Creating Musical Connections and Community

This is the fourth instalment of the Charting Pathways series, where YST graduates look back on their experience at the Conservatory, and give us a peek at their plans for the future.

In this article, Charmaine Teo (BMus '18, Harp) shares about how taking charge of her learning as well as receiving guidance and support from those around her helped make her undergraduate experience a rich and meaningful journey.

 

In my third year as a student at YST, I remember attending a masterclass held by Australian clarinetist Paul Dean. His very first question took all of us by surprise, for he asked something that we were not expecting in a clarinet masterclass: "Who are some well-known opera singers that you know of?".

This seemingly-unrelated question set the context for the rest of his masterclass, as I became more aware of the connections between different musical roles and how they are unified in the act of music-making. It also encapsulated for me the importance of taking my learning into my own hands, as well as the power of looking beyond silos and stepping up to connect with the wider music community around me.

I became more aware of the connections between different musical roles and how they are unified in the act of music-making.
— Charmaine Teo, BMus '18, Harp, on her learning experience in clarinetist Paul Dean's masterclass at YST
Charmaine Teo, Harp, YST Conservatory

 

As a student, I have been able to collaborate with a network of respected colleagues and mentors, performing for audiences ranging from my own schoolmates at YST noon recitals, to overseas masterclasses and guest artists. Through the Conservatory's collaboration with the Suntory Hall Chamber Music Academy, I had the privilege of working with Prof Wakako Hanada. In the process, I gained from her a new perspective on music - that slower tempos are no less impressive than faster ones, and that they can exude a certain gracefulness about them.

 

 

This is but one example of the generous teaching that I have benefited from. During the various chamber competitions that I participated in, I received a great deal of guidance from faculty who were not my official chamber music coaches, but nonetheless generously took time from their own schedules to teach me and gave me many valuable pieces of advice.

During my final year, I had the opportunity to organise a chamber music concert titled Memories of Distant Shores with two of my classmates, Kyuri Kim (BMus '18, Violin) and Andrew Ng (BMus '18, Violin). We wanted to explore whether creating a different concert atmosphere would attract audiences with a new experience. With this in mind, we turned the orchestra hall into a cosy and homely setting with lamps, coffee tables and armchairs, and added an electronic display onstage to show programme information to the audience.

We turned the orchestra hall into a cosy and homely setting with lamps, coffee tables and armchairs.
— Charmaine on creating an alternative concert experience in Memories of Distant Shores

As it was the first time organising a concert for all of us, event logistics and details posed a challenge. For example, we bought many table lamps to create a warm atmosphere, but did not take into account that there were fewer power sockets than needed in the Orchestra Hall. Thankfully, Mr Mike Tan from the YST Programming & Productions team was able to connect the wires together such that one switch would turn on a few lamps at once. Though this was a small detail, such experiences exposed me to the process and varied challenges involved in planning a concert, and I am grateful for the support we had from Programming and Productions in making our vision possible. The concert was also presented as a music appreciation event with the National University of Singapore Society.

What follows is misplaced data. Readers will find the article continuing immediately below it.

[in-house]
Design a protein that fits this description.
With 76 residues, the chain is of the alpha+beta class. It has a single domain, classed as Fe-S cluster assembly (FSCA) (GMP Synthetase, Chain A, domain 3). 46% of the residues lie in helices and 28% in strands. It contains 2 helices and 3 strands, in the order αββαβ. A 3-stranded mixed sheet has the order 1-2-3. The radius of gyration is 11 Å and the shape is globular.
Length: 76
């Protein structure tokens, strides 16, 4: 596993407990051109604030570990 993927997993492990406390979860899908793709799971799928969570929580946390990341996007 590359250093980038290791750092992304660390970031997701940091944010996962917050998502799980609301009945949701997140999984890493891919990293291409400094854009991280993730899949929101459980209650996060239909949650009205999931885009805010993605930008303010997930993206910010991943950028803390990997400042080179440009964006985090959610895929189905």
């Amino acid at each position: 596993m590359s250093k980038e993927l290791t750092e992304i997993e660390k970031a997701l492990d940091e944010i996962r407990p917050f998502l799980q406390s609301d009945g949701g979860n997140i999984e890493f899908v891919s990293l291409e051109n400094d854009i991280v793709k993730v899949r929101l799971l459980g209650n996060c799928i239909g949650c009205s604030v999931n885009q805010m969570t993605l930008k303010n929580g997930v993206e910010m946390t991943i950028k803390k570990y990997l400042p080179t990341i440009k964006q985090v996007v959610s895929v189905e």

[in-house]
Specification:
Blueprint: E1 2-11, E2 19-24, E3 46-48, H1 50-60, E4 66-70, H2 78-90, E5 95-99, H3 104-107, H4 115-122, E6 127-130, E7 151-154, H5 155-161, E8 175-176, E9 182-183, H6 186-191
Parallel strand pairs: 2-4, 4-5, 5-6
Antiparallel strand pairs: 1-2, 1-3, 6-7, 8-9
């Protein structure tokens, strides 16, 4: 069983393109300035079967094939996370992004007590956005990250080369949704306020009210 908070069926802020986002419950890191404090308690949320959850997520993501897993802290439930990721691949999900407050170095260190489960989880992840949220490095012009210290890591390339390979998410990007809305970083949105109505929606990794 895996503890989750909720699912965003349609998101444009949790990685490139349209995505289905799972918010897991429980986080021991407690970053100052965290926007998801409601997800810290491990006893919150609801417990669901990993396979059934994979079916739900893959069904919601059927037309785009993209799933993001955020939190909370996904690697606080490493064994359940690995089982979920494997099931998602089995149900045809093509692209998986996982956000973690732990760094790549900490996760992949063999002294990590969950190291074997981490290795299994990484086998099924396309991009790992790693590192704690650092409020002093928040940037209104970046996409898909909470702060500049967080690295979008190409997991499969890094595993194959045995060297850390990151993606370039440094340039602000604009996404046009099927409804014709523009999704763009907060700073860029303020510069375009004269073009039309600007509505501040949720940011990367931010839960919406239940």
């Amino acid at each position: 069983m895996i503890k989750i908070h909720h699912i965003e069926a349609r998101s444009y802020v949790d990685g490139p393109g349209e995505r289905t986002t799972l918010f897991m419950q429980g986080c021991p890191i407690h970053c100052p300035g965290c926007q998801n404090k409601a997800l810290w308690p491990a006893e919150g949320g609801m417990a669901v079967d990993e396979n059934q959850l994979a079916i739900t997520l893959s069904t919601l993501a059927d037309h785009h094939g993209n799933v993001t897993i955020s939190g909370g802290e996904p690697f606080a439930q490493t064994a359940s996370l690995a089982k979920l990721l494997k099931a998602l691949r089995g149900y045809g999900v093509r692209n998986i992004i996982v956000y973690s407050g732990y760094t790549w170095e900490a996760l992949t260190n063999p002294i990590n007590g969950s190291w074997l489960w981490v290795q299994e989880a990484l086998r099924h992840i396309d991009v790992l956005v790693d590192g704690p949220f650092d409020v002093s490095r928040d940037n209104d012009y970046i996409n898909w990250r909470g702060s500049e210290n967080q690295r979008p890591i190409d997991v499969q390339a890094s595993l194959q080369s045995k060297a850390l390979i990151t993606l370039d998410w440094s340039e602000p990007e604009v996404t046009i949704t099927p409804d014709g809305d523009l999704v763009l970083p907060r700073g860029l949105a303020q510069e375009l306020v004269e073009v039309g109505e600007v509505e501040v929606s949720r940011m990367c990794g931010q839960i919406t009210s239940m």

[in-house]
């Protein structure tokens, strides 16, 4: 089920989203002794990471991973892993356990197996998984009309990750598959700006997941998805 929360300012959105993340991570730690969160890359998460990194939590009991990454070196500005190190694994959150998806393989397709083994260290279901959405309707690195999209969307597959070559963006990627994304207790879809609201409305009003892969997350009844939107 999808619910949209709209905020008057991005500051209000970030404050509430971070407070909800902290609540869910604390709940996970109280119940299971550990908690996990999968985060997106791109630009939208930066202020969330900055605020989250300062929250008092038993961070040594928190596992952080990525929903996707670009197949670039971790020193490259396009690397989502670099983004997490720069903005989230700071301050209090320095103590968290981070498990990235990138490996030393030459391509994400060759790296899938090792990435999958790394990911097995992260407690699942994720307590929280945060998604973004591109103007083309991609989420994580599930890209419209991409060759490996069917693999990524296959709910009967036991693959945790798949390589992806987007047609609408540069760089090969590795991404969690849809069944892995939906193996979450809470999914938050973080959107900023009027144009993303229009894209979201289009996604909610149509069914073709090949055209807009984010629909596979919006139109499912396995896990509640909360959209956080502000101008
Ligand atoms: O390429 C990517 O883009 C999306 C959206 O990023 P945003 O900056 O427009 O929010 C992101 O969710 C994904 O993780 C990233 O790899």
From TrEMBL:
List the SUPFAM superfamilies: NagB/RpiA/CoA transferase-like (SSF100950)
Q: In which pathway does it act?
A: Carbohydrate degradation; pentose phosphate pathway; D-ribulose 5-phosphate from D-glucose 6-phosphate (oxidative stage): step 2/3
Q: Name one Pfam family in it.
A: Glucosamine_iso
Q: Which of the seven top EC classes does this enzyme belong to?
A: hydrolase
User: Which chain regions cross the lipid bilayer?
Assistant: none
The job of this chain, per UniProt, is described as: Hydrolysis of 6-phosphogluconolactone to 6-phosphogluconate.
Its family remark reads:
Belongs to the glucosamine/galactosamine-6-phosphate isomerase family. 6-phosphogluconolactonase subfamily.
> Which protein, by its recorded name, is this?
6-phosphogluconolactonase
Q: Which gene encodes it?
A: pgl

Charmaine with her fellow co-organisers of  Memories of Distant Shores

Charmaine with her fellow co-organisers of Memories of Distant Shores

Through it all, I would like to give special mention to my harp teacher, Gulnara Mashurova, for nurturing and guiding me over these past years. She gave me freedom to choose and direct my own learning, and always encouraged me to watch masterclasses and concerts as she knew how important it was for a musician to be inspired. I have had the opportunity of playing alongside her in Singapore Symphony Orchestra, and the biggest takeaway for me was seeing how she dealt with stress, with mistakes, with people, and with the stage at large. She has truly exemplified the fact that music is a lifelong learning journey.

The biggest takeaway for me was seeing how she dealt with stress, with mistakes, with people, and with the stage at large.
— Charmaine expressing gratitude for her harp major teacher, Gulnara Mashurova
 Charmaine, second from left, playing alongside her harp major teacher Gulnara Mashurova in the Singapore Symphony Orchestra.  Photo credit: Singapore Symphony Orchestra

Charmaine, second from left, playing alongside her harp major teacher Gulnara Mashurova in the Singapore Symphony Orchestra.

Photo credit: Singapore Symphony Orchestra


These experiences have reminded me never to be complacent, and to always seek growth from the things I do and the people I work with. My four years in YST have prepared me well to face the upcoming phase of my postgraduate studies; I am thankful to have gained a clearer vision of the kind of musician I would like to be, and how I will work towards it.

 

Read the third Charting Pathways article, where composition graduate Mick Lim reflects on the bold steps he has taken as a musician through his overseas stints in Baltimore and Frankfurt, as well as his collaborative site-specific work Pieces which was presented at the Sounding Now Festival 2018.